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Toward the Understanding of Stereopsis Recovery and its Application for an Amblyopia Treatment (STEREOAMB)
Start date: Mar 1, 2014, End date: Feb 29, 2016 PROJECT  FINISHED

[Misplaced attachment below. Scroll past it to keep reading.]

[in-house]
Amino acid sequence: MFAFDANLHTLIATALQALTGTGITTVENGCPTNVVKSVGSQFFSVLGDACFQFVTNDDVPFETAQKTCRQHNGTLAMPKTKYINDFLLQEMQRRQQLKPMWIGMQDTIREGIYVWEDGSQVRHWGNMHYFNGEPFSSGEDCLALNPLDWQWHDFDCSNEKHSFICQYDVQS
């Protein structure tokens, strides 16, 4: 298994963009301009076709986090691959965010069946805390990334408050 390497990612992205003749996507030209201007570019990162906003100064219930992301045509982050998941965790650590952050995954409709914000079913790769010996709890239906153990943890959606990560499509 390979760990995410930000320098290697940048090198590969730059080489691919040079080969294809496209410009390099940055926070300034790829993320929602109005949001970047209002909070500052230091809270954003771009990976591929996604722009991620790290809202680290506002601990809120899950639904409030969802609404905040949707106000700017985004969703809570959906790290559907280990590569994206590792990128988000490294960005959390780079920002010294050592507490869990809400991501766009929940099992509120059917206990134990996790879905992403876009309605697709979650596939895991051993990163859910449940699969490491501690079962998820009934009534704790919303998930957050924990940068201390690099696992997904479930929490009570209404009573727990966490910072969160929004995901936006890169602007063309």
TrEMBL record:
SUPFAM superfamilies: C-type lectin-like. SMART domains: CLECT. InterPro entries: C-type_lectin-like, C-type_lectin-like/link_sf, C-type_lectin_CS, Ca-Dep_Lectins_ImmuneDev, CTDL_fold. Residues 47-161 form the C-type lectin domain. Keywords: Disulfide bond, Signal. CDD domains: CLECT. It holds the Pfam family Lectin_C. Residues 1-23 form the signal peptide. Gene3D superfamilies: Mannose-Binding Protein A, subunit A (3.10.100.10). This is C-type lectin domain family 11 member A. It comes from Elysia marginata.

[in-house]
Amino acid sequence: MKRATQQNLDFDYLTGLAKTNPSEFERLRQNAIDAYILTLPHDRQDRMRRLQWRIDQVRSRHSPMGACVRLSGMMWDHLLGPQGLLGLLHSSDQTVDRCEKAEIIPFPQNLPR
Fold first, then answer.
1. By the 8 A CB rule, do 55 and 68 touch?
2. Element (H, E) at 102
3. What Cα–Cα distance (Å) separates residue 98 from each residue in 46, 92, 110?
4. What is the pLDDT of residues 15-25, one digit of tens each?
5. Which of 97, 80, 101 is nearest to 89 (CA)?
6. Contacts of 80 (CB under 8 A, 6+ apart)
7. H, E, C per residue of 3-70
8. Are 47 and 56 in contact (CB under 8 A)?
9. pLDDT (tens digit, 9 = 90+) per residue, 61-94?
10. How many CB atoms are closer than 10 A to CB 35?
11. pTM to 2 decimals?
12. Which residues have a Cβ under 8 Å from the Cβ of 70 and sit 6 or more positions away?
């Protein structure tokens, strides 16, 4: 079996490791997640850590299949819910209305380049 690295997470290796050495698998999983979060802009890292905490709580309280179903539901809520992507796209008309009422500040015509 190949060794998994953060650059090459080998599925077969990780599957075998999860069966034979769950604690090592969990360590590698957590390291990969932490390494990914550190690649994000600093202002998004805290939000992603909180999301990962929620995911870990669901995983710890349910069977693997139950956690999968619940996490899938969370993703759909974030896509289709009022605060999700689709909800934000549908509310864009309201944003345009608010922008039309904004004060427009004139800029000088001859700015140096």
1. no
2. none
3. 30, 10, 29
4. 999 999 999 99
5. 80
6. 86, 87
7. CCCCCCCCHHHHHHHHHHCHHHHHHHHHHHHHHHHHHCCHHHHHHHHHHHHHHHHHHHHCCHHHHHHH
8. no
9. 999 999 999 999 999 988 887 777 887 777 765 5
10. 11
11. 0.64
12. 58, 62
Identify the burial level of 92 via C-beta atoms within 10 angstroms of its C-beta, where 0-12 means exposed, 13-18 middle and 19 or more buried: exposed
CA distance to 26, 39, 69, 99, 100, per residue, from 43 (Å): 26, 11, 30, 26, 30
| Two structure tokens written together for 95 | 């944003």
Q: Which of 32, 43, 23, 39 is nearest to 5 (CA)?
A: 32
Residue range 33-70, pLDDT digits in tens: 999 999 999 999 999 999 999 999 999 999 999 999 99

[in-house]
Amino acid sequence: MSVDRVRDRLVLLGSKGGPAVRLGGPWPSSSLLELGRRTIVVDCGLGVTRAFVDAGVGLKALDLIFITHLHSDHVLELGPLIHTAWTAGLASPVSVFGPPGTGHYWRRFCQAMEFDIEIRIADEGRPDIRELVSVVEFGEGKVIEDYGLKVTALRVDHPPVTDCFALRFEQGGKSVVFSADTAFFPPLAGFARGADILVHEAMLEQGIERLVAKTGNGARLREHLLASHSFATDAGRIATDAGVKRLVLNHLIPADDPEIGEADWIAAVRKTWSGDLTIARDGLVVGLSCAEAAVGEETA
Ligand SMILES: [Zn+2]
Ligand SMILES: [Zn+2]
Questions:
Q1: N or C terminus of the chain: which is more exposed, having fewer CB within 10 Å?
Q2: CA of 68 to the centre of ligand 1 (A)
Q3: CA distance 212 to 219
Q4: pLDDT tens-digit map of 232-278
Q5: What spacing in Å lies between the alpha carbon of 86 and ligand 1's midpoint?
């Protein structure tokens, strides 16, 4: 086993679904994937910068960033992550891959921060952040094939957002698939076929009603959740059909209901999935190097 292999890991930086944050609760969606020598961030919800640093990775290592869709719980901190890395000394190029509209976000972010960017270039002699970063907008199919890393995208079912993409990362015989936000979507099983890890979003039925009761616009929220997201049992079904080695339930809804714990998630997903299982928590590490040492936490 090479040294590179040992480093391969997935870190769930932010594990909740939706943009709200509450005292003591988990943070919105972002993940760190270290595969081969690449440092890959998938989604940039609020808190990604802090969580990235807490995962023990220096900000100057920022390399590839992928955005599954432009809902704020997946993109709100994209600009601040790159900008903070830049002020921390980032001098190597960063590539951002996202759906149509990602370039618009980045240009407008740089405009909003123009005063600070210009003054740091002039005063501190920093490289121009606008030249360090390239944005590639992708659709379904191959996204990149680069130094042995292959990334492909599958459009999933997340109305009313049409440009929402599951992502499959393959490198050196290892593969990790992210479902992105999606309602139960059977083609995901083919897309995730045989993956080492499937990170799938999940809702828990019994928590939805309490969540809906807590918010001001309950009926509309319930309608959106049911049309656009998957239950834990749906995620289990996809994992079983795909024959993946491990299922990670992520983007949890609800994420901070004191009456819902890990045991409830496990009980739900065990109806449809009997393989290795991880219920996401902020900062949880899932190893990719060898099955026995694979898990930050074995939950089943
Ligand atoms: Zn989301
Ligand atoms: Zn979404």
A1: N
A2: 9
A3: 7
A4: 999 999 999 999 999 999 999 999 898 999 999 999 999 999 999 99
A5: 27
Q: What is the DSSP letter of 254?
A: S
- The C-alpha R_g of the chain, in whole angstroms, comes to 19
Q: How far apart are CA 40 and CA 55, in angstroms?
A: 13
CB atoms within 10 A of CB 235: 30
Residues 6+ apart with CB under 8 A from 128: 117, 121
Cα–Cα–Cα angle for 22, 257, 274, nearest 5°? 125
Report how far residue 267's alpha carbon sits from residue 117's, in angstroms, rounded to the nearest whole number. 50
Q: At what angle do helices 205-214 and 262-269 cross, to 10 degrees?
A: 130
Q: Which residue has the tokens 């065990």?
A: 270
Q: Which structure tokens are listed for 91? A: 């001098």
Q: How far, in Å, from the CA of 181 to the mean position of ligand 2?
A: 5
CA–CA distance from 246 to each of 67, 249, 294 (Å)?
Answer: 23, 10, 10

Stereopsis is the perception of depth through the differences between the two eye images (binocular depth cues). A substantial proportion of adults cannot process those cues correctly. In a recent experiment, stereoblind observers recovered stereopsis in a perceptual learning task in which binocular depth cues are mixed with monocular depth cues. Stereopsis was recovered durably so that observers could experience stereoscopic depth in 3D movie theatres and everyday life for the first time. We propose to investigate that phenomenon, to improve it, to use it for an amblyopia treatment and to localize the brain areas involved in stereopsis. Stereopsis recovery offers a unique opportunity to discover the neural correlates of stereopsis with fMRI (functional Magnetic Resonance Imaging): our first study can overcome current protocol limitations because two contrasting conditions can be now devised with exactly the same task and stimuli and only a perceptual difference (before and after stereopsis recovery). In study 2, we will first document whether stereopsis can be more easily recovered using action video games, which were shown surprisingly efficient in perceptual learning. Second, we investigate whether amblyopic observers, who suffer from a monocular cortical loss of visual acuity, can take advantage of stereopsis recovery. Amblyopic observers usually also suffer from stereoblindness. We anticipate that after being able to use both eyes simultaneously in a stereoscopic task (stereopsis recovery), the amblyopic eye acuity will increase. Finally, in study 3, we investigate how to maximize stereopsis recovery by addition of several kinds of monocular depth cues (perspective, shading, shadows or motion parallax). All together, these three studies will go a step beyond the current understanding of perceptual learning, stereopsis and amblyopia, and could provide an efficient cure for adult amblyopia, for which no treatment exists at the moment.
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